Spitfire, Merlin Variant Walk Around

Published: October 3rd, 2013     
Spitfire, Merlin Variant Walk Around
Author: Ron Mackay
Reviewed by: Dick Montgomery, IPMS# 14003
Company: Squadron Signal Publications

Squadron Signal Walk Around publications have a long history of high quality and accuracy in detail. This new addition to that line of books is no exception. This particular product focuses on the land-based Spitfires equipped with the Rolls Royce Merlin engine, including the Mark I, Vb, and IXc variants. Displayed in extensive detail are the external and internal workings of the aircraft that played a key role in Britain's defense.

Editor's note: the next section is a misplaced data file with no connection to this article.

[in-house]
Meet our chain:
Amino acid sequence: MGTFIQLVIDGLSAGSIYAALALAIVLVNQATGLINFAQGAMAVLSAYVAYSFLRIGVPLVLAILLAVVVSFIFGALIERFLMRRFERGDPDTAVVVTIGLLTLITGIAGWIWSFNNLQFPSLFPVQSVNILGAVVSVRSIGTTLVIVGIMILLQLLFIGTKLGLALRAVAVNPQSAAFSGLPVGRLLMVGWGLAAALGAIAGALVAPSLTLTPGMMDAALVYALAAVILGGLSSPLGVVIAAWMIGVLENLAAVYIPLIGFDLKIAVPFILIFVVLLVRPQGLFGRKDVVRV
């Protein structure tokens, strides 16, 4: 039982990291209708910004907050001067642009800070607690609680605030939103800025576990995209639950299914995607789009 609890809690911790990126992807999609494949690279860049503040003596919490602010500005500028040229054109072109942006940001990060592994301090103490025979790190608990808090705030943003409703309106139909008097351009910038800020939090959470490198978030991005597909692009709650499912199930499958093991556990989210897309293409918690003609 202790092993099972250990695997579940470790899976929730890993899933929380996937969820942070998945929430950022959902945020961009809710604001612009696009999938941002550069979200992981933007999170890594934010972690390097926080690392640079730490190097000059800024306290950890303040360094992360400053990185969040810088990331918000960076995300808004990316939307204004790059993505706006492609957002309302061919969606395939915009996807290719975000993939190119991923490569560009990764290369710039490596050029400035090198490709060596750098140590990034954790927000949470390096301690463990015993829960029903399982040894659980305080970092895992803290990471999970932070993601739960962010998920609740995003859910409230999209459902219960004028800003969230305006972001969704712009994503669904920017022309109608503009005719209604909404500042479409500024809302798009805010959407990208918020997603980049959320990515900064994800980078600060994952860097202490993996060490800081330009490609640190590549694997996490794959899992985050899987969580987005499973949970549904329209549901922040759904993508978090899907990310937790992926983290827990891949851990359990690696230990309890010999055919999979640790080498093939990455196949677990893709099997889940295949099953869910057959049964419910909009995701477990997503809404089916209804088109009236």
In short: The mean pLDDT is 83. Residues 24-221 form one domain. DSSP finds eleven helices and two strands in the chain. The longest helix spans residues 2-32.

This publication is a scale modeler’s delight. Included in the 80 pages within the book are scale drawings, b&w images from WWII, and many color images of museum aircraft. It is the latter than intrigued me as a modeler. As an example, please refer to the image labeled Sample picture 1 and check out the caption. I often articulate the rudder on the Spitfires that I build and I now know that the deflection angle should not exceed a specified number of degrees. That’s good to know!